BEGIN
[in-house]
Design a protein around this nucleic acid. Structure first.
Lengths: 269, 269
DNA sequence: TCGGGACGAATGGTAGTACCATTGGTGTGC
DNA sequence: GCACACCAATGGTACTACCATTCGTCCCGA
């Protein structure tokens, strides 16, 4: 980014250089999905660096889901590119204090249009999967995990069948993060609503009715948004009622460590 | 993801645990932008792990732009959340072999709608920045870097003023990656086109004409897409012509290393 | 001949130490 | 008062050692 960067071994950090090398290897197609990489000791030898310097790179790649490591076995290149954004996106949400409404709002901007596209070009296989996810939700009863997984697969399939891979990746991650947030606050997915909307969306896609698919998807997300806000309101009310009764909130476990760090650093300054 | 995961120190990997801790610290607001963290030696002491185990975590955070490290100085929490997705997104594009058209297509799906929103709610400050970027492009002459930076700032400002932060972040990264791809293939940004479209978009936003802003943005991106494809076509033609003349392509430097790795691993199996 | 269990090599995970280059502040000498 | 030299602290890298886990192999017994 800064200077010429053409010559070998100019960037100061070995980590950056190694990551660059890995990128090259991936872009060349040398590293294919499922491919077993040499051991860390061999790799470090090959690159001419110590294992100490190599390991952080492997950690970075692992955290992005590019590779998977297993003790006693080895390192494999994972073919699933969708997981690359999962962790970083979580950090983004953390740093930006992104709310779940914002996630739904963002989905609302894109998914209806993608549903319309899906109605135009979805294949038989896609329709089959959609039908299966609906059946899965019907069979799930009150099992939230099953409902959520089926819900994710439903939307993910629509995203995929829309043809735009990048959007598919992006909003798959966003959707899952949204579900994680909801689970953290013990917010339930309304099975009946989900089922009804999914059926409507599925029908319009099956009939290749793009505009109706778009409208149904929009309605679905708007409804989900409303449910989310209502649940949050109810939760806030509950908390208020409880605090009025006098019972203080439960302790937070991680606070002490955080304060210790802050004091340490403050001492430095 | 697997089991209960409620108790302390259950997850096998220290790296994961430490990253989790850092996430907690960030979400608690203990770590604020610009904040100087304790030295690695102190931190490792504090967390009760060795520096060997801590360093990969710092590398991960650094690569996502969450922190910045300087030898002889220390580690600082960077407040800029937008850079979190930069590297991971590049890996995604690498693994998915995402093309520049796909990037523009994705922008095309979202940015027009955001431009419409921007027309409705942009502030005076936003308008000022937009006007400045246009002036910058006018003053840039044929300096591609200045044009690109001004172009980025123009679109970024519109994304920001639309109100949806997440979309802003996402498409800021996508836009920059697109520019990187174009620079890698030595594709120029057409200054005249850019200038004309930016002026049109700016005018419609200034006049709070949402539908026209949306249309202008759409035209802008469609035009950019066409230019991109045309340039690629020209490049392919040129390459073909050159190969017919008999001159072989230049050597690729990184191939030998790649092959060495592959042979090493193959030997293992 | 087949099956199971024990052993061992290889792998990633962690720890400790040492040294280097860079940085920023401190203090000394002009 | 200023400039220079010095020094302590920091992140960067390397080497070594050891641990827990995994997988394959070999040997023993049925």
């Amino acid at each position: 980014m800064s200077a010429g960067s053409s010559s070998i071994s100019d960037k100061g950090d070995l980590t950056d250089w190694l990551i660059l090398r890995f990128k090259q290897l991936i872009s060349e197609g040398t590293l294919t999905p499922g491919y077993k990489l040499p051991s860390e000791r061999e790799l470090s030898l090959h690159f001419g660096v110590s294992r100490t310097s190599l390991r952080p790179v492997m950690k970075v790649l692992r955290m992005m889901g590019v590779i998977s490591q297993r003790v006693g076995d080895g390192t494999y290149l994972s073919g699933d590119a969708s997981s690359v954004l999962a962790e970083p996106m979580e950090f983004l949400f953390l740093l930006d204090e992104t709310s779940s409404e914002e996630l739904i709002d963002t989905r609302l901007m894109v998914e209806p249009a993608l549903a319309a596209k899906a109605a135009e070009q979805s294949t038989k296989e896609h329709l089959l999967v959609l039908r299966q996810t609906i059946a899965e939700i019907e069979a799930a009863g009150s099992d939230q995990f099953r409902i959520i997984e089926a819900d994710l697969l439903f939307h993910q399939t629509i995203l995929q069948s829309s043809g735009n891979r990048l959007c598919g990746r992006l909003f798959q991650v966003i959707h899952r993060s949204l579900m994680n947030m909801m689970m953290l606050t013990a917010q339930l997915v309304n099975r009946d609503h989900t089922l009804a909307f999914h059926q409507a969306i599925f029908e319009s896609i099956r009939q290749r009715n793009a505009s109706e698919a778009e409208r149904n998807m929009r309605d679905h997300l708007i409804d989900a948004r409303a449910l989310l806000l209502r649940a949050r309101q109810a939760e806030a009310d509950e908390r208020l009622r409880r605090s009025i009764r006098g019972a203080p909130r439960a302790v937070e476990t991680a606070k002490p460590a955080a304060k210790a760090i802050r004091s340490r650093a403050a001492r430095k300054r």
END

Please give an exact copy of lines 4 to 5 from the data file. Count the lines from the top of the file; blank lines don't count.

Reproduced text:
DNA sequence: TCGGGACGAATGGTAGTACCATTGGTGTGC
DNA sequence: GCACACCAATGGTACTACCATTCGTCCCGA